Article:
Peter Hoskin

IFS: there could be deeper cuts to come

IFS: there could be deeper cuts to come
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An unfamiliar mood before the Institute for Fiscal Studies' Budget briefing today: many of the gathered journalists, economists and policymakers had decided that, for once, this wouldn't be an exercise in spotting the Chancellor's deceptions, because, quite simply, there aren't many. And they could well be right. In his introductory remarks, Robert Chote, the director of the IFS, said that "the government is certainly to be congratulated for the transparency with which it presented [yesterday's policy announcements]."

What we've heard, so far, backs up that tribute. There will be an extra £50 billion of fiscal tightening by 2015; there is a 77-23 split between spending cuts and tax rises; and unprotected departments face cuts of 25 percent - all as George Osborne said yesterday. What a refreshing change to the Brown years, when the IFS had to locate spending cuts in the footnotes to footnotes.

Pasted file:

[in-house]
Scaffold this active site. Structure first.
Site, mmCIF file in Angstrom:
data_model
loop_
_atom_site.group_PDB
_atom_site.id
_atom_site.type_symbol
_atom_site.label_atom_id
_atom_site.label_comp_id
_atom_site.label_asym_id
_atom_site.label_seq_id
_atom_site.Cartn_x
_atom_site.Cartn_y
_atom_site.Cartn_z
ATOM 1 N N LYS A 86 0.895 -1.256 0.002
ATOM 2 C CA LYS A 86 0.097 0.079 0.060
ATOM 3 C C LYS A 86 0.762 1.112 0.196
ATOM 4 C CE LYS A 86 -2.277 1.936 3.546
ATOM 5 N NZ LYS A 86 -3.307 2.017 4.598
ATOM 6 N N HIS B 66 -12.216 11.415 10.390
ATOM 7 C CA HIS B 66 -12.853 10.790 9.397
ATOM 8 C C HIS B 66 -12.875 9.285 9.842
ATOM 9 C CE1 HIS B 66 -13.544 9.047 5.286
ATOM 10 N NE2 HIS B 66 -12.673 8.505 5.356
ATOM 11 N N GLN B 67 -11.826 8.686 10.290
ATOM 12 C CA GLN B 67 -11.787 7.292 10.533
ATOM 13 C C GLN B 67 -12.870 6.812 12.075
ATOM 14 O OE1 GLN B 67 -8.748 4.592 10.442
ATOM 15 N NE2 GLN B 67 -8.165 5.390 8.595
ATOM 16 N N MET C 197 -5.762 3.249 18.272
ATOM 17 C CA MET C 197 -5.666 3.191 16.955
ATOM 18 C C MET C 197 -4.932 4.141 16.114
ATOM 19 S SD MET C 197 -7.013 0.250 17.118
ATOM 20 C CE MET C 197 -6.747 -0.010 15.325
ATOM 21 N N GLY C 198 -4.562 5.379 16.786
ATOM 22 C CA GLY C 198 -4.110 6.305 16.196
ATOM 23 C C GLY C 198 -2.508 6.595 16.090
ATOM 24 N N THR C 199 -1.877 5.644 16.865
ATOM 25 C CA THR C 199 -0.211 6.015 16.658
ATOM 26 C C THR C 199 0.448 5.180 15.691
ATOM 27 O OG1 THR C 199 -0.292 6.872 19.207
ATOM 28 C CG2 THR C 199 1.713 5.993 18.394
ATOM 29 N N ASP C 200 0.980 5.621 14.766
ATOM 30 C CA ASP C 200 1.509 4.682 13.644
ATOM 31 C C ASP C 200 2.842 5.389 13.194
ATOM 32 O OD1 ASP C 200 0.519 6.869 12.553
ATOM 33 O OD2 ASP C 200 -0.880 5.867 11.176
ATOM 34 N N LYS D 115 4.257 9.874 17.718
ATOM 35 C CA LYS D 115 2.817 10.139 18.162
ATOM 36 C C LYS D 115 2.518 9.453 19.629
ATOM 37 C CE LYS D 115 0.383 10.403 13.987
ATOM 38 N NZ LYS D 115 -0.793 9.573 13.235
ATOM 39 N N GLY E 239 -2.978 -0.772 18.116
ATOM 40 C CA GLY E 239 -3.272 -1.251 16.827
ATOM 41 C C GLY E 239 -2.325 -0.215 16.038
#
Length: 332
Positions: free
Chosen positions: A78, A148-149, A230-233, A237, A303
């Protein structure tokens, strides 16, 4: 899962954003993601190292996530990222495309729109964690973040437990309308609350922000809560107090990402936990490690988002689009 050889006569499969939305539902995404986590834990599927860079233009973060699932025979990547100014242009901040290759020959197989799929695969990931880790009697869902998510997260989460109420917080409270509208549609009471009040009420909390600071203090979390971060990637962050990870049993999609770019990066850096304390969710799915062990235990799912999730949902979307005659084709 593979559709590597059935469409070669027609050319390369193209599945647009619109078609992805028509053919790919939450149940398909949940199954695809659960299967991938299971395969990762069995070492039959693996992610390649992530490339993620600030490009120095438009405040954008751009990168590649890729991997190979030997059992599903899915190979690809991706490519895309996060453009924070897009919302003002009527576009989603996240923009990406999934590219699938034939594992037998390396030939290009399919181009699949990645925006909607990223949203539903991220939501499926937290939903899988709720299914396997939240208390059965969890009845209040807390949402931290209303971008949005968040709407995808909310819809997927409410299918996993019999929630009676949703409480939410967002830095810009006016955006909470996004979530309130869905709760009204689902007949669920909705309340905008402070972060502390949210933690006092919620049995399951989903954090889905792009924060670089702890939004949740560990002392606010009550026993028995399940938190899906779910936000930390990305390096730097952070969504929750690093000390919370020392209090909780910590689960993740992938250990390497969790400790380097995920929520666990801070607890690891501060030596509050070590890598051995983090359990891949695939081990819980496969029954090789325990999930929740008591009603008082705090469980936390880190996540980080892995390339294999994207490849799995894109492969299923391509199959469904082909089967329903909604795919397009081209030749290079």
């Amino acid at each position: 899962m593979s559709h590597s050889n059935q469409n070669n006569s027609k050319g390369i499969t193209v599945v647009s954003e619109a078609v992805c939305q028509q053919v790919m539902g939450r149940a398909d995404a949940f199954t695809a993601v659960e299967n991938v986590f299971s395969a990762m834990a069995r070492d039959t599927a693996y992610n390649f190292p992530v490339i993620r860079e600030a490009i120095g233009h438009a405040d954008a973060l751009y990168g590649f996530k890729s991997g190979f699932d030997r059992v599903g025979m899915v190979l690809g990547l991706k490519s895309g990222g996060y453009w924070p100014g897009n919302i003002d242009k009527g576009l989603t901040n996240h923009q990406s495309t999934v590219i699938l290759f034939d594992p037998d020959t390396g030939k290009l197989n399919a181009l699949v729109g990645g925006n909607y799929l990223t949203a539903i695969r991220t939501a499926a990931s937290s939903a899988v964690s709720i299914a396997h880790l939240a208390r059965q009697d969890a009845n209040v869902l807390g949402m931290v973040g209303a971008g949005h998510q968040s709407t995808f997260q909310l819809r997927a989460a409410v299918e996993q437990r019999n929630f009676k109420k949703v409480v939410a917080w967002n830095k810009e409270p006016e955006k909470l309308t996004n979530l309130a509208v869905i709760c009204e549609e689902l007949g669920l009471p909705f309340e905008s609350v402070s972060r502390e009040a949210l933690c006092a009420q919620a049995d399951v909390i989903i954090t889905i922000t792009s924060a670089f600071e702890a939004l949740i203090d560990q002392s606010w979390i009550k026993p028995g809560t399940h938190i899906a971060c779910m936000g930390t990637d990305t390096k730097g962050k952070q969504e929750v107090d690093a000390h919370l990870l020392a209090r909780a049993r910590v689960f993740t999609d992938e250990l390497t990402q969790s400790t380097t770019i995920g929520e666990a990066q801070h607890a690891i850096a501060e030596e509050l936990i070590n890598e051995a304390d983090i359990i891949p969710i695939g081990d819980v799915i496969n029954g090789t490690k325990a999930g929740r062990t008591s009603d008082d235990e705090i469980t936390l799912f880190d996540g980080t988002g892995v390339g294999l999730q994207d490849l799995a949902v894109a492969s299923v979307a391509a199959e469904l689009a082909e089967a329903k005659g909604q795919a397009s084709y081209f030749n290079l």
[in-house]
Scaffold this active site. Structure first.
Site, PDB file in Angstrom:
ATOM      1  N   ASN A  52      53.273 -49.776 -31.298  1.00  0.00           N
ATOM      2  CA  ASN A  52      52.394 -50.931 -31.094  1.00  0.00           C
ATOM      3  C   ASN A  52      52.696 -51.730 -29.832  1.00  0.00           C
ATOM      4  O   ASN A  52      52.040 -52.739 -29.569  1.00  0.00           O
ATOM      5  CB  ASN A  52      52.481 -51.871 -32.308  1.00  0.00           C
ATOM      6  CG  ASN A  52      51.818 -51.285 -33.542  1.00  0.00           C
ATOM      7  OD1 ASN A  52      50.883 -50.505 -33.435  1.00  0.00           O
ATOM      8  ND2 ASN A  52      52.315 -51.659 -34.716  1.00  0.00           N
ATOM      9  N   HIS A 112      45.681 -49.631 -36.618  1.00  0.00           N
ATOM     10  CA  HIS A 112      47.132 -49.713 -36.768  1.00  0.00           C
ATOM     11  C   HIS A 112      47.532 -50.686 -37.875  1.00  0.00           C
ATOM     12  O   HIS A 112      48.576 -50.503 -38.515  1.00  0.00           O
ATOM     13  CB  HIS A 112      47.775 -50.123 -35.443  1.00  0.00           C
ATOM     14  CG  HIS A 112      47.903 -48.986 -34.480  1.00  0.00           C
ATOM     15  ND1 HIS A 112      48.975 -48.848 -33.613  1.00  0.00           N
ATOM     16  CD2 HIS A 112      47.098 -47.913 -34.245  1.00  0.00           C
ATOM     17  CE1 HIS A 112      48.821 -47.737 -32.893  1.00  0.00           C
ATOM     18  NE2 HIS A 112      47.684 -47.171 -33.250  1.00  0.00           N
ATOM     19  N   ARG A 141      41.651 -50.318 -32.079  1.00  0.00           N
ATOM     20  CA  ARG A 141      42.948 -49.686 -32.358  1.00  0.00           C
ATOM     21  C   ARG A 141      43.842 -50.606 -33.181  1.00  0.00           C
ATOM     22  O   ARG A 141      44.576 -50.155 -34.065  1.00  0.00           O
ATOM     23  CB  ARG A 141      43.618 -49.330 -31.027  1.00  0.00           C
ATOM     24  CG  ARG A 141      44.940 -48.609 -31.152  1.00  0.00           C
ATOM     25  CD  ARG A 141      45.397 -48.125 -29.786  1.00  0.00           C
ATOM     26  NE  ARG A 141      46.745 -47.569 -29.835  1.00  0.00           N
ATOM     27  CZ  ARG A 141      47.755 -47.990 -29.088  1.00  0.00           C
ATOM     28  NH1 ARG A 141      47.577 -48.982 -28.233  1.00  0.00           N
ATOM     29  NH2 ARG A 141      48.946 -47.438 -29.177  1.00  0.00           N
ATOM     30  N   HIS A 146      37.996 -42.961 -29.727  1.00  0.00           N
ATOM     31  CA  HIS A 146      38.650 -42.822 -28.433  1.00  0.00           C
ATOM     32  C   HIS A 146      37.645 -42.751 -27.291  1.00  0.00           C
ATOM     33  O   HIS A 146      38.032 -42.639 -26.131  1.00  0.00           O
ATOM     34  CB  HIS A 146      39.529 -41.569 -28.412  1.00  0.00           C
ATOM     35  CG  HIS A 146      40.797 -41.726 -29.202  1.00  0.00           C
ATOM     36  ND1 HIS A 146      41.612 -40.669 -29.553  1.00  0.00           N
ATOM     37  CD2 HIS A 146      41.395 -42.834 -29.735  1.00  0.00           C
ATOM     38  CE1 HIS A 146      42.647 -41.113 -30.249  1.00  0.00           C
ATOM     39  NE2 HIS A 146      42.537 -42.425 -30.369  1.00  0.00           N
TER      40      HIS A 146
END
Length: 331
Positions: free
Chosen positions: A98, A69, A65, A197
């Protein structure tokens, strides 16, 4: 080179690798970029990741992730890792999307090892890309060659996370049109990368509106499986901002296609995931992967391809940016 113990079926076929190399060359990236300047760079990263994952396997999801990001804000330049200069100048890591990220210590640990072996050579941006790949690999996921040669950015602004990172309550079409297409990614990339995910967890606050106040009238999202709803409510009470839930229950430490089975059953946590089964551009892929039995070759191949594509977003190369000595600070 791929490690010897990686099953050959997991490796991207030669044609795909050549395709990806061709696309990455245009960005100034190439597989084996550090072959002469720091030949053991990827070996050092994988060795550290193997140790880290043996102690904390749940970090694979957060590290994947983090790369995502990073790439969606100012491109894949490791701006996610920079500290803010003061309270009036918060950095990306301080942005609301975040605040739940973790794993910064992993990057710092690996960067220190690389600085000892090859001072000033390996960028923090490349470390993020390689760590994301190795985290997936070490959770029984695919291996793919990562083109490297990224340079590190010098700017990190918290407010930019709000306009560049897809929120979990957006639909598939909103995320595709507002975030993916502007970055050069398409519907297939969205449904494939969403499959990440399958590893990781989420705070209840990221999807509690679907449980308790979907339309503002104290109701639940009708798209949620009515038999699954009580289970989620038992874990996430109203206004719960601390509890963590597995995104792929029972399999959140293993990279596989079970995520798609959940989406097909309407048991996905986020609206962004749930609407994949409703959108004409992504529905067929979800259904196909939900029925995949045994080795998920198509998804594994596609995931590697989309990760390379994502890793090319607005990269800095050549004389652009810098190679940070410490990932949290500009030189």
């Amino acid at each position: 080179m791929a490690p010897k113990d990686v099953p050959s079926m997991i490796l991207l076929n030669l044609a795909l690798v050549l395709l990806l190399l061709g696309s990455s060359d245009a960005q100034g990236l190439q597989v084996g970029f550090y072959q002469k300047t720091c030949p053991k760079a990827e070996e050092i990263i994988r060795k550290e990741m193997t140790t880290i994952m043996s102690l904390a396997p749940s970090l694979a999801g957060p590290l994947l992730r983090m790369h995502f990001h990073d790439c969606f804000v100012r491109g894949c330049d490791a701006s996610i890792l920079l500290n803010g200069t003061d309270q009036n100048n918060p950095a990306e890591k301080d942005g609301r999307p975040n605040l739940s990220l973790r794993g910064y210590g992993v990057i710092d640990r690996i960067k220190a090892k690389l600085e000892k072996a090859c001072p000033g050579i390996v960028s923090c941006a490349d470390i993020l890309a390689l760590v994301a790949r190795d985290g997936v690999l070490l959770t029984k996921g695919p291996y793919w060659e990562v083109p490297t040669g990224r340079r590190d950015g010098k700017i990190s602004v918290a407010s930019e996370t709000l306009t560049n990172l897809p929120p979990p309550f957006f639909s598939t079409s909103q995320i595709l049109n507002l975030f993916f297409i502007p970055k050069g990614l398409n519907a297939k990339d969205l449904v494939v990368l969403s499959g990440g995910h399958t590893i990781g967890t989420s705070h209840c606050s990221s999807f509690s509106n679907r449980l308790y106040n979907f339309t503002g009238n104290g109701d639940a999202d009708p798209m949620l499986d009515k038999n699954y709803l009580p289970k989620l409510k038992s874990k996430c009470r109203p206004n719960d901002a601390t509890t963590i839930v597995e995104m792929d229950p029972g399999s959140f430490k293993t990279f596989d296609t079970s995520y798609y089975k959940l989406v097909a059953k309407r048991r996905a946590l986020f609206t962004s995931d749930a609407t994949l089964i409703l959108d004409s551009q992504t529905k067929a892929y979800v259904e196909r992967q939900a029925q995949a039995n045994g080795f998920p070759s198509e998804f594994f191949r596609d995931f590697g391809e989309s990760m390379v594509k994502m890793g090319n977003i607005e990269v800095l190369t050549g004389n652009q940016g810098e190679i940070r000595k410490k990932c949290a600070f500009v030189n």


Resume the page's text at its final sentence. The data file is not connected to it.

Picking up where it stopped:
One noteworthy point, though, is that unprotected departments could face even deeper cuts. If - as the IFS's Rowenna Crawford put it - the spending review sets out ringfenced health spending, 10 percent cuts for schools and defence, and no more cuts on welfare and pensions, then the cuts for unprotected departments could be a hefty 33 percent.  

But, as George Osborne suggested this morning, further welfare cuts could restrict this number. An extra £13 billion of welfare cuts would bring it down to 20 percent, for instance.

Anyway, the second half of the briefing is kicking off shortly. I will report back if anything else grabs me.